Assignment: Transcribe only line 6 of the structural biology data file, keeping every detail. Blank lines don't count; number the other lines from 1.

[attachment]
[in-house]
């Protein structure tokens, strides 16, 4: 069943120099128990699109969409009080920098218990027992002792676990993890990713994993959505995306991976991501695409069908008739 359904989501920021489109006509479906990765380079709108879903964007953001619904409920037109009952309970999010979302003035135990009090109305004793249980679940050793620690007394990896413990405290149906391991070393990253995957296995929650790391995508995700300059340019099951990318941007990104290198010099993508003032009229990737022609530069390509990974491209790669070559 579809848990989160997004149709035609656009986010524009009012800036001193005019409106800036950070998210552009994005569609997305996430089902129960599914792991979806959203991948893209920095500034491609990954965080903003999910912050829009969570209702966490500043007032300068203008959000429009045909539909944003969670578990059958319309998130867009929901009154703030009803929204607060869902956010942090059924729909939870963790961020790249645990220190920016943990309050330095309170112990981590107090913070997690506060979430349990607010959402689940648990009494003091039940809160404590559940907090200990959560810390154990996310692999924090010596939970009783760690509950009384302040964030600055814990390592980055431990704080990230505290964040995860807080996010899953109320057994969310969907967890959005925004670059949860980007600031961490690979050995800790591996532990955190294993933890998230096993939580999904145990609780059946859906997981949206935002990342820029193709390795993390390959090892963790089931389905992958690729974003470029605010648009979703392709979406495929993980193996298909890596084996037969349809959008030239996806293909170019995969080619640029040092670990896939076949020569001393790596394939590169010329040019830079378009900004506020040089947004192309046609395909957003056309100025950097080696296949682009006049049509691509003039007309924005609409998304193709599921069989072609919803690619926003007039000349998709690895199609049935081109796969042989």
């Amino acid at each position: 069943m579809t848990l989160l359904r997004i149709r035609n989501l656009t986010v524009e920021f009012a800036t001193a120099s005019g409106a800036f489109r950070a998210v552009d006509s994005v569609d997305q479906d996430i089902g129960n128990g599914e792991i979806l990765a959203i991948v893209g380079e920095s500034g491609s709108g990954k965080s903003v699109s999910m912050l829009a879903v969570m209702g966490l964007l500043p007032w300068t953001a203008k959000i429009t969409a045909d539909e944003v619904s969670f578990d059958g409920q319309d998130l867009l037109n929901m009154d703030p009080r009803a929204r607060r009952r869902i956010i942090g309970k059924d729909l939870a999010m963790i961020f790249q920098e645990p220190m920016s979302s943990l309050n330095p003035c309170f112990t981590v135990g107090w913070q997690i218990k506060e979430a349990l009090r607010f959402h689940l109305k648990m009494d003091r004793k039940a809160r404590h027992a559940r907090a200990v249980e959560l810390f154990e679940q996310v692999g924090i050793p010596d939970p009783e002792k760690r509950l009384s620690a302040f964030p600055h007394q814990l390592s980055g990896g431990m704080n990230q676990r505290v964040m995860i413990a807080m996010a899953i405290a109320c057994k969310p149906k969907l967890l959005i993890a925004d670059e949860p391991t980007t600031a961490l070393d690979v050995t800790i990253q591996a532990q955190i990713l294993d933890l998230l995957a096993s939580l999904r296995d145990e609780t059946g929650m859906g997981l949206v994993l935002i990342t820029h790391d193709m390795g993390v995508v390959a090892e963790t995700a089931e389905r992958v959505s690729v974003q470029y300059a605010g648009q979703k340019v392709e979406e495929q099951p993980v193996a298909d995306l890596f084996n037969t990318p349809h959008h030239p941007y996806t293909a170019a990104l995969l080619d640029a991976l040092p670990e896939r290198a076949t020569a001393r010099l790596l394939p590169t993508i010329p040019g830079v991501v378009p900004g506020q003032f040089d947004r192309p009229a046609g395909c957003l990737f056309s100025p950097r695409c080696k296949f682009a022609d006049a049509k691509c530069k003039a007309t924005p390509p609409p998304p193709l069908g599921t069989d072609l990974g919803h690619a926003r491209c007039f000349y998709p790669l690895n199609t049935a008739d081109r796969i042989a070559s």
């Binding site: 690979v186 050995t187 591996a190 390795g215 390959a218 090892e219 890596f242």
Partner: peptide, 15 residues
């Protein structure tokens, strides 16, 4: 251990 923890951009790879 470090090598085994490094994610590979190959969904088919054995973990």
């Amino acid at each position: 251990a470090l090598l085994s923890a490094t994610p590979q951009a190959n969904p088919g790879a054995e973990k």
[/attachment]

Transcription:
């Protein structure tokens, strides 16, 4: 251990 923890951009790879 470090090598085994490094994610590979190959969904088919054995973990």